A well-known photojournalist mentioned this aspect in a live interview with Al Jazeera TV channel. In that interview, he said that the real reason spurring this apolitical movement is the non-elected government which does not have any mandate to rule, coupled with its massive corruption, political persecution and oppression of democratic rights of the people.
However, plain-clothed government forces in more than a dozen vehicles surrounded his house just after a few hours of broadcasting that interview.
They seized all CCTV cameras at his residence and took him to an unknown place. Upon increasing public and media reaction, he finally appeared in the court on the following day as arrested by the police and with clear signs of physical torture. He is currently in prison facing trial with a charge of previously mentioned Information and Communication Technology Act.
This unprecedented civil movement without any organisational structure or leadership as spontaneously organised by school children all over the country demonstrated the failure of the civil society and media of the country as well in performing their expected roles to support and protect people’s rights.
During those days, there was an outcry in social media reactions and comments questioning the inactivity on general people’s part. Everyone kept asking why the adults kept silent while the children were on the streets with a simple demand for accident-free natural death!
However, the adult population simply kept observing til the end and did nothing. The reason of this perhaps is due to their experience of facing government oppression over the years.
Over the last nine years, police and government partisan thugs jointly killed, abducted, arrested and tortured tens of thousands of people indiscriminately whenever they took to the streets with their political demands.
Protest by school children is not completely unusual in the world. In the recent past, we have witnessed another example of such movement in the USA against gun violence.
However, the US government did not use any brutal force to disperse the protesters. Unlike the USA, Bangladesh government used not only rubber bullets and batons without any justification but also instructed its civilian thugs to attack the school children and take control of the streets.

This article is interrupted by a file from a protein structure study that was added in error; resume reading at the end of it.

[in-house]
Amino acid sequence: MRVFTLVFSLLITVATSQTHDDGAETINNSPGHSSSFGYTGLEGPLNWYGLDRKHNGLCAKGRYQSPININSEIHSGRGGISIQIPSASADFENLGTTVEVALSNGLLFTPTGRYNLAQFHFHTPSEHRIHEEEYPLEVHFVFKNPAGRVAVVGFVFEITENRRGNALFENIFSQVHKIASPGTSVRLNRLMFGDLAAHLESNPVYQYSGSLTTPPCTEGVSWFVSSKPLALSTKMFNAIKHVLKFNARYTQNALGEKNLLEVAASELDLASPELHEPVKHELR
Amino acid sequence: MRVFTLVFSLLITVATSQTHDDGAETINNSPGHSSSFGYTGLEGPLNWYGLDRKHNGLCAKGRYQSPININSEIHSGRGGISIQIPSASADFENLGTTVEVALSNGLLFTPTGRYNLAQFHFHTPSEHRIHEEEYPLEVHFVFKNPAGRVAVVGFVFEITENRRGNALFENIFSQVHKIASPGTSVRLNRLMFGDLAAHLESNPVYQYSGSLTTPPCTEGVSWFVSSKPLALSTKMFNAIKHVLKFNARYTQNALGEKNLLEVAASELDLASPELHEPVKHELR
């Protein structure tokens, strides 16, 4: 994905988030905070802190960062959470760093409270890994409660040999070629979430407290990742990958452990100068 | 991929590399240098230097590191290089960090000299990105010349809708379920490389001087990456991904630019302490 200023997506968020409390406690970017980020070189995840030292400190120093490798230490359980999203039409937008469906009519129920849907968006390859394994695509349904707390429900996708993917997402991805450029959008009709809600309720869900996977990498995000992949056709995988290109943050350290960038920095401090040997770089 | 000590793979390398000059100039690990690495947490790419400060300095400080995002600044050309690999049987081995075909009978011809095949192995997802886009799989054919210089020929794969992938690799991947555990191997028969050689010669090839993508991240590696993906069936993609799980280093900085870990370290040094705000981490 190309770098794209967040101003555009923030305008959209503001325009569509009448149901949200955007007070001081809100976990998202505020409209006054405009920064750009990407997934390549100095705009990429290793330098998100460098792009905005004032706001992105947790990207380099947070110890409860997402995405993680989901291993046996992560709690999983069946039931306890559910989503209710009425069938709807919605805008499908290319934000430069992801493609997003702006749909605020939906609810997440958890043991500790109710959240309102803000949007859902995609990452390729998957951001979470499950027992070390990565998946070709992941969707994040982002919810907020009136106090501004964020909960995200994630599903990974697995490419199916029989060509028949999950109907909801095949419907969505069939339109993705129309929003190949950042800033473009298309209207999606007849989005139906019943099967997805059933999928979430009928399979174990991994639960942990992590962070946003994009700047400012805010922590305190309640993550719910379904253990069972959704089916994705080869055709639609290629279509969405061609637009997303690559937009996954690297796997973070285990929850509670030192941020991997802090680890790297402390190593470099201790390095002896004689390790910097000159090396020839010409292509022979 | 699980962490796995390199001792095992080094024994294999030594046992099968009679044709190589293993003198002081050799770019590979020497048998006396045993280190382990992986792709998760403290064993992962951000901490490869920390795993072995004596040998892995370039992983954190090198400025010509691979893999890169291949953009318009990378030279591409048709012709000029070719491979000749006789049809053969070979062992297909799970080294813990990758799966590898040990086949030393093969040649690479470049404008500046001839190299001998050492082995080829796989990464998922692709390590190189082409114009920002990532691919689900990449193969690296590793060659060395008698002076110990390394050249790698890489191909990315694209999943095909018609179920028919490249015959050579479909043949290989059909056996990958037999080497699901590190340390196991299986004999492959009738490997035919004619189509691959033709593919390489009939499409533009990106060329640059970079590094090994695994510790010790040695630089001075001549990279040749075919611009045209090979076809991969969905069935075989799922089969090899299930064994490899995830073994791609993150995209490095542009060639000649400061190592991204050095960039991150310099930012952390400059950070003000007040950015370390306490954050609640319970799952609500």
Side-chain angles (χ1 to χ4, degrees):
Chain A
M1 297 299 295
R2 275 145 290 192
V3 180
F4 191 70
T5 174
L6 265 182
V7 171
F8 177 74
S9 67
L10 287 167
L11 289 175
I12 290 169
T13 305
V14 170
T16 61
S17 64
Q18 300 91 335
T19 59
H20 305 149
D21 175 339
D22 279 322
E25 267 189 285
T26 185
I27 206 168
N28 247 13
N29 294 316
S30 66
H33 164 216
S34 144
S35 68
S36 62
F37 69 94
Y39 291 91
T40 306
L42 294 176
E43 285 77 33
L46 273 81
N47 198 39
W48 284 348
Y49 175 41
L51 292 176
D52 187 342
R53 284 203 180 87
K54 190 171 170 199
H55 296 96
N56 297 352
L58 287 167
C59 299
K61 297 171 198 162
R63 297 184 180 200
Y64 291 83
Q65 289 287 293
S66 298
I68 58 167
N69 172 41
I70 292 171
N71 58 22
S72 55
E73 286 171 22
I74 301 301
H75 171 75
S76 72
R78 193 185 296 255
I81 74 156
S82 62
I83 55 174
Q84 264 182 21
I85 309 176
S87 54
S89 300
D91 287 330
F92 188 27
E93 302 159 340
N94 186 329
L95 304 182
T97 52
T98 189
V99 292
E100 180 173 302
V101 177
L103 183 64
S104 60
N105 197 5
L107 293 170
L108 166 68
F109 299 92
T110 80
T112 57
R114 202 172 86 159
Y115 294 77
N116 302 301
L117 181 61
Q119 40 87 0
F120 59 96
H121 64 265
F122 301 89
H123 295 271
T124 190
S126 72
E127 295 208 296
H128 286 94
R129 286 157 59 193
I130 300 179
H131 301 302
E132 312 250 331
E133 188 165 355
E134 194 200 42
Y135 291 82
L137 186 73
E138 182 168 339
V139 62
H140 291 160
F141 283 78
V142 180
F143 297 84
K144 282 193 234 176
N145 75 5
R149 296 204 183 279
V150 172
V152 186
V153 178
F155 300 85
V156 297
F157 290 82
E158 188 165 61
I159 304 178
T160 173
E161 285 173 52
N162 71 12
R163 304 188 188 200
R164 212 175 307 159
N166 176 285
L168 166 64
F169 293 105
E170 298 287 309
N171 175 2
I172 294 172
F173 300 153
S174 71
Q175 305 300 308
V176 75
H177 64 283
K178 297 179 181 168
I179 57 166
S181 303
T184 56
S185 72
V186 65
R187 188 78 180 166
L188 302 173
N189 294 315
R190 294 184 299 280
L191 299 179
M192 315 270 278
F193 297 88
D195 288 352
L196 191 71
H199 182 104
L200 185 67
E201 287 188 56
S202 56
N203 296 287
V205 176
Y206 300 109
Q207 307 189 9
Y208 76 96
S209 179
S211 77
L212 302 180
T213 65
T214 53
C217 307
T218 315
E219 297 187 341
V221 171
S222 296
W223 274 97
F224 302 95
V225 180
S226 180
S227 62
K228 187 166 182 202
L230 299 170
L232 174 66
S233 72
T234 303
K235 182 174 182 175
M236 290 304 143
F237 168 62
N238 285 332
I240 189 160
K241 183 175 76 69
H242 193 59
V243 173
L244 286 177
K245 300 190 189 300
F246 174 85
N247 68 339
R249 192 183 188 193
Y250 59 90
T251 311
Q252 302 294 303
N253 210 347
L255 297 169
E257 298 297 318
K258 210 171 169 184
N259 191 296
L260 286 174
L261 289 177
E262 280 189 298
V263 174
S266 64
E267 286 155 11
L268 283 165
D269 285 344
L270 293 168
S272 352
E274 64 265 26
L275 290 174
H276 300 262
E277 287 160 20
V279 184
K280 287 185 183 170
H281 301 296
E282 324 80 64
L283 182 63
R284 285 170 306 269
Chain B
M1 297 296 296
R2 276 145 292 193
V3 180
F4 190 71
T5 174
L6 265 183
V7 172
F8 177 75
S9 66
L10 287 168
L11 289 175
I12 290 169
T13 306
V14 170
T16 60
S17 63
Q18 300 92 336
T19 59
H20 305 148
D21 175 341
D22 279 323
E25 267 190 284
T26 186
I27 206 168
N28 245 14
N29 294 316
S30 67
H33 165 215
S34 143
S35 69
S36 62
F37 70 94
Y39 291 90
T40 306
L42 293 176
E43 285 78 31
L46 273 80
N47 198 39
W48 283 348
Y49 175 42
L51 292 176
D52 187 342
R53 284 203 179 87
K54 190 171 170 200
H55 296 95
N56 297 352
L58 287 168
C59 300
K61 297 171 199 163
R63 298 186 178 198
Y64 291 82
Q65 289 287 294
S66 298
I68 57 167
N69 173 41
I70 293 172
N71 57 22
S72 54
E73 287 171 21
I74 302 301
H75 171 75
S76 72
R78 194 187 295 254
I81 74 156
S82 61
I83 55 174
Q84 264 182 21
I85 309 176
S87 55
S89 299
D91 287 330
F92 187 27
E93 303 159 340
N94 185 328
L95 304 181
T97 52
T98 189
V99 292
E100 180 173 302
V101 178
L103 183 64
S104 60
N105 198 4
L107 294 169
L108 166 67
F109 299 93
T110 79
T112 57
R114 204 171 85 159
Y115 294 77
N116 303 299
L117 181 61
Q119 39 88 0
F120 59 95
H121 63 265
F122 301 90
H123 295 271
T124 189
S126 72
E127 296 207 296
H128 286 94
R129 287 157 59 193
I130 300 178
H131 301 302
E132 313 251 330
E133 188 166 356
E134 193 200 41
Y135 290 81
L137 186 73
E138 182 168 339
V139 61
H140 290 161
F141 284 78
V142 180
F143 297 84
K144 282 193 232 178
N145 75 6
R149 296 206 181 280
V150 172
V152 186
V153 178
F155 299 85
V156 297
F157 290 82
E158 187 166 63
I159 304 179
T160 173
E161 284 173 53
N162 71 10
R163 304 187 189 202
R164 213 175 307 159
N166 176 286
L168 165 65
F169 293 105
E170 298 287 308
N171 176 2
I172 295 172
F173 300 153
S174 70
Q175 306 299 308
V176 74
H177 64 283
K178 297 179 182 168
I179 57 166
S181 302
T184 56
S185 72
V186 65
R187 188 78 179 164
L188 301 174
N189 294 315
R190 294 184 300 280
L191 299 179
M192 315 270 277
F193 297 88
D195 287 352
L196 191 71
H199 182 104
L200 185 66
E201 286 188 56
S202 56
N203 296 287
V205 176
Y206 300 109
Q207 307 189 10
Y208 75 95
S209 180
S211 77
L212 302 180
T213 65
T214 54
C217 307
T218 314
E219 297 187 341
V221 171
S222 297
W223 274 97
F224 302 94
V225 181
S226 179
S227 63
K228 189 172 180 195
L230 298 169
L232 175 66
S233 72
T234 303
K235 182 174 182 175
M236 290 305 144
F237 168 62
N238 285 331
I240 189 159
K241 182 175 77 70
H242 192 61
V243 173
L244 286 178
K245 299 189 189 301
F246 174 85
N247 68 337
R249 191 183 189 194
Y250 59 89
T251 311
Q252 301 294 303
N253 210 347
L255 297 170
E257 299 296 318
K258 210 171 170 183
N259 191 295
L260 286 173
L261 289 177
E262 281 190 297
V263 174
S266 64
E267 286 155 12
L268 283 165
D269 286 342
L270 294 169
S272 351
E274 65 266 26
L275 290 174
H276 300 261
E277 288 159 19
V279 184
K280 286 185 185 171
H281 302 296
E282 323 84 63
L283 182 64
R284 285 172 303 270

Surprisingly, the police accompanied those helmet-wearing thugs when they attacked the children.
However, in reviewing this unique student movement and looking at it with hindsight, one can certainly say that this non-political social movement shocked the government.
School children of Bangladesh have clearly demonstrated people power for their rights. There are valuable lessons to be learned from their ten-day long activism.
Their slogans were creative and methods were constructive. Through a completely non-violent protest, they simply made the flaws of the country openly visible.
They showed that with willingness and sincerity, rule of law can be enforced and an utterly chaotic and corrupted traffic system can be changed and controlled in a systematic manner.
With their slogans, they taught us that under an authoritarian rule one must protest to survive otherwise remaining silent would continue the oppression forever.
They also taught us that “things didn’t happen” doesn’t mean “it will never happen”, we all must put our hands together to make it happen.
Although adult masses did not join this movement this time, rather they kept observing and sympathising with the students, it certainly renewed their belief in their strength and their anger against the non-democratic government.
Undoubtedly, this unprecedented school children movement and government brutality on them will remain as a significant chapter in the history of Bangladesh.